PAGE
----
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bmf - efficient Bayesian mail filter


bmf [-t] [-n] [-s] [-N] [-S] [-f fmt] [-d db] [-i file] [-k n] [-m type] [-p]
[-v] [-V] [-h]


bmf is a Bayesian mail filter. In its normal mode of operation, it takes an email message
or other text on standard input, does a statistical check against lists of "good" and
"spam" words, registers the new data, and returns a status code indicating whether or not
the message is spam. BMF is written with fast, zero-copy algorithms, coded directly in C,
and tuned for speed. It aims to be faster, smaller, and more versatile than similar

bmf supports both mbox and maildir mail storage formats. It will automatically process
multiple messages within an mbox file separately.


Without command-line options, bmf processes the input, registers it as either "good" or
"spam", and returns the appropriate error code. The wordlist directory and nonexistent
wordfiles are created if absent.

-t Test to see if the input is spam. The word lists are not updated. A report is written
to stdout showing the final score and the tokens with the highest deviation form a mean of

-n Register the input as non-spam.

-s Register the input as spam.

-N Register the input as non-spam and undo a prior registration as spam.

-S Register the input as spam and undo a prior registration as non-spam.

-f fmt Specify database format. Valid formats are text, db, and mysql. Text is always
valid. The others may not be available if the corresponding option was not enabled at
compile time. The default is db if available, else text.

-d db Specify database or directory for loading and saving word lists. The default is
~/.bmf in text mode.

-i file Use file for input instead of stdin.

-k n Specify the number of extrema (keepers) to use in the Bayes calculation. The default
is 15.

-m fmt Specify mail storage format. Valid formats are mbox and maildir. The default is to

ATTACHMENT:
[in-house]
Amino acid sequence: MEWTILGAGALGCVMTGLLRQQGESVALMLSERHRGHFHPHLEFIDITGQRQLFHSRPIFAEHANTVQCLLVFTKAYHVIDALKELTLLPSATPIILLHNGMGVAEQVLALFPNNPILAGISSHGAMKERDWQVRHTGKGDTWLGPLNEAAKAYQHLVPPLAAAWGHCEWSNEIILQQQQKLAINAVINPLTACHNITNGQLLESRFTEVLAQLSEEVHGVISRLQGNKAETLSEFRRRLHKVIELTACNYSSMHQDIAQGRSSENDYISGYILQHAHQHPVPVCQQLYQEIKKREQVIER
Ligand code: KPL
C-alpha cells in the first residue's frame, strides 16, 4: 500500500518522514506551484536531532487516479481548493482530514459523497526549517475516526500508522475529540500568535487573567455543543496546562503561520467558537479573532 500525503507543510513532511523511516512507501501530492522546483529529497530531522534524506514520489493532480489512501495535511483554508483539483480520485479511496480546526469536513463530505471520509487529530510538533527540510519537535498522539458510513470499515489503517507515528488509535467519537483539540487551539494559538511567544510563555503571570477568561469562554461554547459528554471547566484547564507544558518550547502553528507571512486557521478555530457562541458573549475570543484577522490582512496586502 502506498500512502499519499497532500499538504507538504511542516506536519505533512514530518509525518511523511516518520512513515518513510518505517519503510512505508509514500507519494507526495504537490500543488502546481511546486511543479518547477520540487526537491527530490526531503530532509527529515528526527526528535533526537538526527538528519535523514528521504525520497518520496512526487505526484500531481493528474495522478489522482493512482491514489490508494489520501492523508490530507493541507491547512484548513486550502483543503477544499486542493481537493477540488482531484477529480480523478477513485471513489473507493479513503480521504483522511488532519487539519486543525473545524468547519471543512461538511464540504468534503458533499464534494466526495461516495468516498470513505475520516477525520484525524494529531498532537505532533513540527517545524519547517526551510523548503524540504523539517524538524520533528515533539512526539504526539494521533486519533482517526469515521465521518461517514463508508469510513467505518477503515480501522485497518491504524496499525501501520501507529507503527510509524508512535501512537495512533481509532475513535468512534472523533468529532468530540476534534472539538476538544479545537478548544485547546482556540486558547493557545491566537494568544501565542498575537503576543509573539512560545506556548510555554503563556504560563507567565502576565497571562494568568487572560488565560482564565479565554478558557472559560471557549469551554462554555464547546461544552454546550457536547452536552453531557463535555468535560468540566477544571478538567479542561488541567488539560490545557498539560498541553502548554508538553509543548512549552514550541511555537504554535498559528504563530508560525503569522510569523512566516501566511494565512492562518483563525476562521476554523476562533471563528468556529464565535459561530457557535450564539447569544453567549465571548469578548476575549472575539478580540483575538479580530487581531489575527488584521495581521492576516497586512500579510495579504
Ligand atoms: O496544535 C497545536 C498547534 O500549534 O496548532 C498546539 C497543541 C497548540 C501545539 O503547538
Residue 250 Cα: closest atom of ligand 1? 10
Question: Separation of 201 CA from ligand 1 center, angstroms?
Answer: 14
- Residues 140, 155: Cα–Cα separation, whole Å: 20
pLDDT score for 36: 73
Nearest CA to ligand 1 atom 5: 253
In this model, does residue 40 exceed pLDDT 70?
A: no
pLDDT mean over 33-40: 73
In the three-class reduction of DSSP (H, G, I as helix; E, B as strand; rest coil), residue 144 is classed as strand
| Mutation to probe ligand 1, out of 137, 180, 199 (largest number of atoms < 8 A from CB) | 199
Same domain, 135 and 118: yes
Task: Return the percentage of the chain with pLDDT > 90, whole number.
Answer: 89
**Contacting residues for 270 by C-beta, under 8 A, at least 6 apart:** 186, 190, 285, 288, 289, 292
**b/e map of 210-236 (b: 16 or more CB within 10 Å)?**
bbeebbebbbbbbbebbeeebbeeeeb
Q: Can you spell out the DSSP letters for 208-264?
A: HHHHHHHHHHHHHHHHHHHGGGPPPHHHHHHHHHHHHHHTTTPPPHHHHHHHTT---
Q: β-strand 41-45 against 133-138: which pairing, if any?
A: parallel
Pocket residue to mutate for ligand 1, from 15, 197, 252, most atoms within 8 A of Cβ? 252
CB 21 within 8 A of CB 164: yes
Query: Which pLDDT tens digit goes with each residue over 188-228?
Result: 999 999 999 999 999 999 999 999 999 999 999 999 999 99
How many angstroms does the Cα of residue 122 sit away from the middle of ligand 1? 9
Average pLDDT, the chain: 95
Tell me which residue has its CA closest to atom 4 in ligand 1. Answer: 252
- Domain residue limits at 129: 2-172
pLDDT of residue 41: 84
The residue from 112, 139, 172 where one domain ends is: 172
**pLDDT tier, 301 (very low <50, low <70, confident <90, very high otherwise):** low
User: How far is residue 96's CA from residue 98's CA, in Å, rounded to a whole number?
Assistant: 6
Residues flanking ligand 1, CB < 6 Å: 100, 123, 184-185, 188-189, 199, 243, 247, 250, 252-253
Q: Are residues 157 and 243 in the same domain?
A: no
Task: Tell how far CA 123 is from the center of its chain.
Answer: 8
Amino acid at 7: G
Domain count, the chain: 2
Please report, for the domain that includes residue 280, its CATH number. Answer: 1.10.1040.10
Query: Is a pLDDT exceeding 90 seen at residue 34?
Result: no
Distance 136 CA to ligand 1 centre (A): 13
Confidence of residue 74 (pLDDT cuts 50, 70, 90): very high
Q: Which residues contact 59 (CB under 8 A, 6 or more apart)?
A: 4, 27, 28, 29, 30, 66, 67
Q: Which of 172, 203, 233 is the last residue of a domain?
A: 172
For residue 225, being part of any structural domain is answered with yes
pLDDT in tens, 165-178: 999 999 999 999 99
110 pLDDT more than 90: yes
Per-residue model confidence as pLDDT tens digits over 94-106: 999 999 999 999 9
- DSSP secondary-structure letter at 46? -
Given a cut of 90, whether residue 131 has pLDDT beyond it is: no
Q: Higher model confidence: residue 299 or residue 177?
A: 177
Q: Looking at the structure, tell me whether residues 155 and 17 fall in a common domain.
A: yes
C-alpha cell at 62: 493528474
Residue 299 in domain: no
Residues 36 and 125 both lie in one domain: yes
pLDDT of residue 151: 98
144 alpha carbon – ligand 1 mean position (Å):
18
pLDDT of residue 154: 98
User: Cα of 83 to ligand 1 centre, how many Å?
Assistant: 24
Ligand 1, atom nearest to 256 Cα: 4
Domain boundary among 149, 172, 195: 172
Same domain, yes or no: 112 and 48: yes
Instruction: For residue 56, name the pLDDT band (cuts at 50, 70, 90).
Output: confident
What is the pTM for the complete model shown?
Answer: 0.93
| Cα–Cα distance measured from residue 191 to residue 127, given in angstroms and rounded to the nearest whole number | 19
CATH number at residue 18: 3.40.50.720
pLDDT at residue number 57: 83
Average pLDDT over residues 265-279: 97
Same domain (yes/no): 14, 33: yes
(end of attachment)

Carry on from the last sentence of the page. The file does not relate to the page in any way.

automatically detect the mail storage format. This option is deprecated.

-p Copy the input to the output (passthrough) and insert spam headers in the style of
SpamAssassin. An X-Spam-Status header is always inserted with processing details. The
contents of this header always begin with either "Yes" or "No". If the input is judged to
be spam, the header "X-Spam-Flag: YES" is also inserted.

-v Be more verbose. This option is not well supported yet.

-V Display version information.

-h Display usage information.


bmf treats its input as a bag of tokens. Each token is checked against "good" and "bad"
wordlists, which maintain counts of the numbers of times it has occurred in non-spam and
spam mails. These numbers are used to compute the probability that a mail in which the
token occurs is spam. After probabilities for all input tokens have been computed, a fixed
number of the probabilities that deviate furthest from average are combined using Bayes's
theorem on conditional probabilities.

While this method sounds crude compared to the more usual pattern-matching approach, it
turns out to be extremely effective. Paul Graham's paper A Plan For Spam:
http://www.paulgraham.com/spam.html is recommended reading.

bmf improves on Paul's proposal by doing smarter lexical analysis. In particular,
hostnames and IP addresses are not discarded, and certain types of MTA information are
discarded (such as message ids and dates).

MIME and other attachments are not decoded. Experience from watching the token streams
suggests that spam with enclosures invariably gives itself away through cues in the
headers and non-enclosure parts. Nonetheless, I would like to add the ability to decode
quoted-printable and perhaps base64 encodings for textual attachments.


Please see the /usr/share/doc/bmf/README.gz for samples and suggestions.


In passthrough mode: zero for success, nonzero for failure.

In non-passthrough mode: 0 for spam; 1 for non-spam; 2 for I/O or other errors.

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